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Editor's Choice
Anyone Can Play Guitar

Ronald Meeus | 29 Sep 2009 12:23
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While his former pupils are counting the cash, Machover hasn't been sitting idle, either. With a new batch of students attending his lab, he's forging new technological concepts that take the premise of his Hyperinstrument research a few miles further: After music appreciation, his focus is now on helping untrained musicians compose their own music and facilitating novice musicians along their learning curve.

There may be a new collaboration with his former master students underway as well. Harmonix is still based in Cambridge, Massachusetts, which is also the home of MIT, and the company shares ownership of two patents with Machover's lab.

"We've kept contact over the years," says Machover. "Not as much as we'd like to, because of time constraints, but we still share ideas with each other. In fact, we've all decided to collaborate on new ideas in the near future. Right now, they're too busy with their existing products; the videogame industry is moving very fast, and they're required to keep the pace with their products. But the consumer will want something new soon, and we've got some great ideas and concepts lying around. Some of them are stuff they've been working on themselves 15 years ago."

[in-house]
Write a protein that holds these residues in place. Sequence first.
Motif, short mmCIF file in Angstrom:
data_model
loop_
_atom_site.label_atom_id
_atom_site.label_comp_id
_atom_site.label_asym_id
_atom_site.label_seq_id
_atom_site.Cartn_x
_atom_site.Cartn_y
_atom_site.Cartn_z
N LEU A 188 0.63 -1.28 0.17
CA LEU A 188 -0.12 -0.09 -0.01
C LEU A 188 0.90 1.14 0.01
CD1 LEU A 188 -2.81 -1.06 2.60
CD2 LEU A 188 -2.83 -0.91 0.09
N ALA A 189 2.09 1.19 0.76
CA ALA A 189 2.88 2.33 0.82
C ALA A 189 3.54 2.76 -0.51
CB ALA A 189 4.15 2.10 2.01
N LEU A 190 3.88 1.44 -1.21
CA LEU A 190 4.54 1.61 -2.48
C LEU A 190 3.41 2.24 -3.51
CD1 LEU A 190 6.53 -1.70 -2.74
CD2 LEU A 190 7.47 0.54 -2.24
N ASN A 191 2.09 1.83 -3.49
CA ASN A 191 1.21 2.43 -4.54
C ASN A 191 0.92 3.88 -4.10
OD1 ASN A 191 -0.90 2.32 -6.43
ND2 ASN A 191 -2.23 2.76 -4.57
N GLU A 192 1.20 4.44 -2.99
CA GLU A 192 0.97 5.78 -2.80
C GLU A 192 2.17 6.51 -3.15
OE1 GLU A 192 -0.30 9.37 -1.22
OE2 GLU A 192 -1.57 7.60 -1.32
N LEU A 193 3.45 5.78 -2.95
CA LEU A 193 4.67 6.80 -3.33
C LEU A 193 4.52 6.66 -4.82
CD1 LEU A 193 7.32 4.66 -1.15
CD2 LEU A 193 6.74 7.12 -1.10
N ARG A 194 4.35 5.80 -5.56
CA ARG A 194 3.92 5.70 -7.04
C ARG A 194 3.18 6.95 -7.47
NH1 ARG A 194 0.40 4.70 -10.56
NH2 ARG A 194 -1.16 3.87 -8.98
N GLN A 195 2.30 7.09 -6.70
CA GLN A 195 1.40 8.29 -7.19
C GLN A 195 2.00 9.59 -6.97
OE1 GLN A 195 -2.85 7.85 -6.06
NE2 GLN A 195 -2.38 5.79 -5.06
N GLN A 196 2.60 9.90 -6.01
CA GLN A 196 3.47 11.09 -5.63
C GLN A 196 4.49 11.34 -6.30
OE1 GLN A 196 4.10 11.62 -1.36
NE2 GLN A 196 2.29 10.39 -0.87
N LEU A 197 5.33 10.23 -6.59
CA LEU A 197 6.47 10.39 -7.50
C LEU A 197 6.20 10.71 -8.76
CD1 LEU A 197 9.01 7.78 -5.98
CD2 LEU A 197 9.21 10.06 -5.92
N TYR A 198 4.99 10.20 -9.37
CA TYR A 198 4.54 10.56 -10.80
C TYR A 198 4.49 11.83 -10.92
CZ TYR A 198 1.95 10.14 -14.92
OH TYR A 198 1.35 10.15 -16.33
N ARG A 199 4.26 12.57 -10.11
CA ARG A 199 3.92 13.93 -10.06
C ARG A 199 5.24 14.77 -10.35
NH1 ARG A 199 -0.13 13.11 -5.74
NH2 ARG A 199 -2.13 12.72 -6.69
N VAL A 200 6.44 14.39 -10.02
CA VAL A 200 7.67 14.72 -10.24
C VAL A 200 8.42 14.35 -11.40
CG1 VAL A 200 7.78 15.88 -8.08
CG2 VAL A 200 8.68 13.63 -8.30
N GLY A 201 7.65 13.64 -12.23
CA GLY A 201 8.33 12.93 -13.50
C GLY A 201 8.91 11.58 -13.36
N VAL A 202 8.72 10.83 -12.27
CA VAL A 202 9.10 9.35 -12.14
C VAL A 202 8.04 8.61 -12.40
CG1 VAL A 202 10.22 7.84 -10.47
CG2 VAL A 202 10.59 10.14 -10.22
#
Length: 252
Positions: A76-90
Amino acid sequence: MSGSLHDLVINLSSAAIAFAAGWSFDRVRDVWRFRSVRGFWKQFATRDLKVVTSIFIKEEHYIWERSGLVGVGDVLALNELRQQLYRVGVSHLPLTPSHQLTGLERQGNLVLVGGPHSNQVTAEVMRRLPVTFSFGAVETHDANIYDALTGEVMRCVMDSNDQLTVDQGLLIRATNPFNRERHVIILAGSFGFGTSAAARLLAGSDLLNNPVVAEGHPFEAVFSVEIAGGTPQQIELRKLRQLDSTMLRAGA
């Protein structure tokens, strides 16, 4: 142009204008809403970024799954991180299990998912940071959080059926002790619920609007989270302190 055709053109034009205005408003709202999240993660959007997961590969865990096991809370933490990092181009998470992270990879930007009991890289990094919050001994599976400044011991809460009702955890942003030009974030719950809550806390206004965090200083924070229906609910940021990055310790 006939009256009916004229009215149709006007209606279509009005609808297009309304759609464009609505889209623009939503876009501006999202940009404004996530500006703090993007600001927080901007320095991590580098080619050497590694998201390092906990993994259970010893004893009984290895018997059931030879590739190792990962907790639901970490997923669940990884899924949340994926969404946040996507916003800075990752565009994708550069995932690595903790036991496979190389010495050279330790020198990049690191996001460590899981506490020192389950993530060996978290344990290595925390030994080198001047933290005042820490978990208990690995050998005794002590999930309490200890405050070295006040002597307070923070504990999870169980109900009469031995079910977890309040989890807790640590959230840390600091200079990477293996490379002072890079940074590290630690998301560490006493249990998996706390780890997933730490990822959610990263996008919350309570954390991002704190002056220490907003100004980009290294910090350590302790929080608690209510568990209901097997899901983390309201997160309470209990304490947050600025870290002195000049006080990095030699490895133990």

Rigopulos and Egozy have stated that they're looking at Microsoft's Project Natal motion camera technology for Rock Band 3 as a way to give players even more ways to convey musical intentions in a videogame. But Machover recalls that Egozy invented something way better himself nearly 15 years ago. By sheer coincidence, he stumbled upon a technology that could detect simple gestures from the amount of electricity that a human body absorbs. In fact, during his years at MIT, he even programmed an application that could read these gestures.

That wasn't the objective of his research at the time - all he wanted to do was construct a bow violin that could read the musician's gestures by the use of electrically charged sensors on the upper and lower side of the instrument. But the results were aberrant at best, and he quickly discovered why: The human body jams the readings by absorbing some of the electrical energy. The main research was eventually corrected, and the Las Vegas magician dueo Penn and Teller even used one application of it in their act. But Machover and Egozy saw a second opportunity.

"Based on his initial mistake, we started a new line of research: How much electricity does your body absorb by conducting several kinds of actions?" Machover notes. "Eran used a new set of sensors to measure that and even built a simple musical application for it: a program that can transfer simple movements of the head into musical data."

If they were to expand upon that line of research, they could build a music application that ditches the plastic instruments altogether. Could there be a Headbang Hero or Air Guitar Hero in the company's future? "That would be kind of great, wouldn't it?" says Machover.

Ronald Meeus rocks the nation of Belgium. He is waiting for your mail at ronald.meeus@skynet.be.

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